By using the Goethean approach, I came to perceive the livingness of the tree. First, I had a strong impression of its welcoming attitude. Then, I proceeded to examine all its physical structures that were within my reach, making drawings and detailed notes. Next, I held those details in my mind and imagined the tree forming its different parts in order to become itself: new palmate leaves unfolding from sticky, reddish buds; long, slender twigs reaching out into the sunlight; heart-shaped abscission scars forming on branches as they let go of old leaves; the trunk gaining girth on warm, wet, summer days; new shoots crowding around the wounded branches, bringing food and healing compounds to the broken limbs; the rounding-out of its red-brown seeds that continue the tree’s exploration of the world. Lastly, I allowed my mind become spacious to let the gestures of those parts reveal the generous quality of the whole horse-chestnut tree.
This method goes beyond analysis of “facts” about the tree’s outward appearance, but it does not invent a fictitious plant, nor does it demand a supernatural experience with the tree. Rather, it is a scientific method which cultivates the use of intuition. Perhaps, as Bortoft reflects, this kind of perception is “something like an ‘intermediate case’ between the rational-empirical mind and ‘mystical experience’”9.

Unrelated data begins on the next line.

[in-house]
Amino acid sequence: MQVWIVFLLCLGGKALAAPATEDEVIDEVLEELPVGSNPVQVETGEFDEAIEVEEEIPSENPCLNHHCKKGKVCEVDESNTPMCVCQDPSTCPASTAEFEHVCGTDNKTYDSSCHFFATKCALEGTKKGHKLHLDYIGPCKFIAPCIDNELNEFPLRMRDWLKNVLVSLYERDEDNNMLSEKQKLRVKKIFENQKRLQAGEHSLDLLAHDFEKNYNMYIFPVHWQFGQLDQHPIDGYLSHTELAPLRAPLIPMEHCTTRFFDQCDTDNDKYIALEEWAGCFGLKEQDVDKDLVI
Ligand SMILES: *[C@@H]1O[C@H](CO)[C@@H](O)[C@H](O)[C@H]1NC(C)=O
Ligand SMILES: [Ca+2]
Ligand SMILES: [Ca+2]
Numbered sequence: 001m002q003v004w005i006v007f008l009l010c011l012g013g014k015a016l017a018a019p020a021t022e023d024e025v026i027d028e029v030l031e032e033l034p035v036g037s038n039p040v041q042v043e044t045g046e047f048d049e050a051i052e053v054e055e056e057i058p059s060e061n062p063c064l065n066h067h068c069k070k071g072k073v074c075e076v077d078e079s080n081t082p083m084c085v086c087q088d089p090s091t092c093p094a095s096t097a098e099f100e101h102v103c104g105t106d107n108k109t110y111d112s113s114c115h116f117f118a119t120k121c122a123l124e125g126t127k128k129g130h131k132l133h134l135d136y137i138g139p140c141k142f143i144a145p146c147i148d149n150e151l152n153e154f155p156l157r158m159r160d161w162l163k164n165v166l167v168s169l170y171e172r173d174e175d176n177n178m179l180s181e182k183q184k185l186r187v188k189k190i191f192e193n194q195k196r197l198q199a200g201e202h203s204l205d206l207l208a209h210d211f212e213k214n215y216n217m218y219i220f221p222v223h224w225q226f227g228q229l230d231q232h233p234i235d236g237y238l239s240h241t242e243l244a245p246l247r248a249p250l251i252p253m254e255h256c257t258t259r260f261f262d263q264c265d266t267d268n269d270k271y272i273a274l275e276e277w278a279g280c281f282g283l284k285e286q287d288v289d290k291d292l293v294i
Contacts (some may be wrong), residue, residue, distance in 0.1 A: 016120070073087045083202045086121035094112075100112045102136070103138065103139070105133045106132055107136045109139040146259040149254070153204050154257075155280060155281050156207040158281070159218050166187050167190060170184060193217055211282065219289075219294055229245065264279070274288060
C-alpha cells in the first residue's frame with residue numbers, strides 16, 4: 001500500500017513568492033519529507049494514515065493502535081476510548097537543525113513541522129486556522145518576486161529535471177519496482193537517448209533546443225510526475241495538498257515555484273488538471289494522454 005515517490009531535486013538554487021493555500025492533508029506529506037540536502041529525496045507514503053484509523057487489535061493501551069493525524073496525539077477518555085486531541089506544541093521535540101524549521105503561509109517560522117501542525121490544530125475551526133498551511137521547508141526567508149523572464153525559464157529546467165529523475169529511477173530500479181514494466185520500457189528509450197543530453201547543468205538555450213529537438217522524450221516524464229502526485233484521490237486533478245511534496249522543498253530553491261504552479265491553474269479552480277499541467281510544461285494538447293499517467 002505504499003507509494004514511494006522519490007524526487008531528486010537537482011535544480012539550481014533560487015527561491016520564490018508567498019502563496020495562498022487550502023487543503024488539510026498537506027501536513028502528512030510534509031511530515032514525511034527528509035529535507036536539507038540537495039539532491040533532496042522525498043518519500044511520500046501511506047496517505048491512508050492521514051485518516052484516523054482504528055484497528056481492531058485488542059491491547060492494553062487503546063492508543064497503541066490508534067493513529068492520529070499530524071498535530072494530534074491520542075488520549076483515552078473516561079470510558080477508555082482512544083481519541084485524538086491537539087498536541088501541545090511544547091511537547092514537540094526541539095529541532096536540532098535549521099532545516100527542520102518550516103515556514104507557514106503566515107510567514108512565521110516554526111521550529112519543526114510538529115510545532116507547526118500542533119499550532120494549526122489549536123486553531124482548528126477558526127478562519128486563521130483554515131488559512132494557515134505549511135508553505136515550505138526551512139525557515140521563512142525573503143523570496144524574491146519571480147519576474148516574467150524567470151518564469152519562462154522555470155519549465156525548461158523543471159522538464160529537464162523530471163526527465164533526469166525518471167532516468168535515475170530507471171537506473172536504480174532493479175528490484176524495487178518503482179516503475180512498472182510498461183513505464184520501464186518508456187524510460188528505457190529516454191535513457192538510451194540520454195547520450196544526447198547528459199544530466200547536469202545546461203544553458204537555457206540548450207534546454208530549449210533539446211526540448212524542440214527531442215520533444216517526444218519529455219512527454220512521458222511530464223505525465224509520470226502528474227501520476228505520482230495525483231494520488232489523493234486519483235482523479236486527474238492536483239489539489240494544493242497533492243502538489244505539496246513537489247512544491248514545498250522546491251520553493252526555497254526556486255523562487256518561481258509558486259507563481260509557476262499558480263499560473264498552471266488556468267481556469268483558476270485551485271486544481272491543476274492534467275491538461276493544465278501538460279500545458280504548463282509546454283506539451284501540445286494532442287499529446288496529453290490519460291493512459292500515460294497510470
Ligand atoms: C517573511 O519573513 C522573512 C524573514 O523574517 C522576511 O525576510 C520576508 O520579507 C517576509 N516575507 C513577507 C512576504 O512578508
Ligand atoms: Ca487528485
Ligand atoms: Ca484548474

Meeting the Plants
Now I step through the doorway into my inquiry, “How can I teach others about meeting plants as subjects, not objects?” The inspiration to answer that question comes from several writers and scientists whose work informs my personal philosophy, my “ecosophy”, to use Arne Naess’s10 term. For example, from Abram:
To define another being as an inert or passive object is to deny its ability to actively engage us and to provoke our senses; we thus block our perceptual reciprocity with that being.11
From the beginning we have been surrounded by the presence of plants; it is not only upon the soil, other plants, or the insects that the aromatics of the plant world fall. They fell upon our species as well; all during our long growth we breathed them in.12
This heart-filled writing contrasts with the indigestible language of formal botany. The following extract is from a popular wild-flower key by Francis Rose; it’s a description of the leaves of the horse-chestnut tree, Aesculus hippocastanum in the Hippocastanaceae family:
Lvs palmate, divided into 5-7 lfts, 8-20 cm long, obovate, tapered to base, pointed at tip, toothed, hairless and dark green above, downy below when young, long-stalked. 13